This option allows setting a margin in pips which the market price should get away from the price set by a Pending Orders Fallback operation. Therefore it should be only considered whenever you set the Pending Orders Fallback Pips to a value greater than zero (thus enabling that option).
Recalling a previous scenario: The current market price for EURUSD is 1.3500 and a new buy pending order is set to open 15 pips away from that price, that is, 1.3515. Now consider that you have the Pending Buy/Sell Open Condition input set with a condition like
iMACD(BAR)>VAL(0), meaning, in this particular case, that the bar value of the MACD indicator should be greater than 0. In addition to that, you have the Pending Orders Fallback Pips set to 10. Now consider that the price of 1.3515 is reached (which would mean the expert advisor would try to open the buy pending order) but the MACD indicator conditions are not favorable at that time with the condition set in the Pending Buy Open Condition input. Since you have Pending Orders Fallback Pips set to 10, the pending buy order open price will be moved away 10 pips to the price of 1.3525, so that if the trend remains favorable to our strategy, a new opening attempt for that pending order will be made.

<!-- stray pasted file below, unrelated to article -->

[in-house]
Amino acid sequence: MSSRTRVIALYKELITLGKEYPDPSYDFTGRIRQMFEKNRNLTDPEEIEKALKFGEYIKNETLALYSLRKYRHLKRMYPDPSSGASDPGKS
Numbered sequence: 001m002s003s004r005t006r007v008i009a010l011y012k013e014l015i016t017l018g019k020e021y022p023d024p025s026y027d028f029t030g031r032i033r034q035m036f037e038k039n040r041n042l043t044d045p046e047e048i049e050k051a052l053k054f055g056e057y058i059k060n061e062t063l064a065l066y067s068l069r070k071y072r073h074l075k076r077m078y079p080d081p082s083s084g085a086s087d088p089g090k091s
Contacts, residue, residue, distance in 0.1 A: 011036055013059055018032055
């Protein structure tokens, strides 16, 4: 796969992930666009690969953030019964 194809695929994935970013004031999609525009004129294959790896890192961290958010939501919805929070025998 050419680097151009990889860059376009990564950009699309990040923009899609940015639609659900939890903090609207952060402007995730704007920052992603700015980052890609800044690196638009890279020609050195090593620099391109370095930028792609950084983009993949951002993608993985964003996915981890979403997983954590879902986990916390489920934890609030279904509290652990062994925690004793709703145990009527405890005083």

Now consider the following situation:
Imagine that suddenly the market trend reverses and it begins to deviate from the price that was set by Pending Orders Fallback Pips , 1.3525. If you look at this with attention, you will soon realize that the pending order may never get to open if this trend continues in that direction. For this reason there must be a way to make the pending order price to gradually return to its original price (by controlled levels). It is for that same purpose that the Pending Orders Return Margin option exists. By setting it to a certain value in pips you allow that whenever the market price gets that number of pips below the previous pending order open price set (basically like a margin), the current open price will change to exactly that previous price.Taking the example above, consider that we set the Pending Orders Return Margin to 5 pips (reversely away from the previous pending order open price, which was 1.3515). This means that when the price goes down to 1.3510, the current pending order open price (1.3525) will get back to the previous one which was set, 1.3515. This can happen once and again in this leveled manner, just the same way as does the Pending Orders Fallback Pips feature.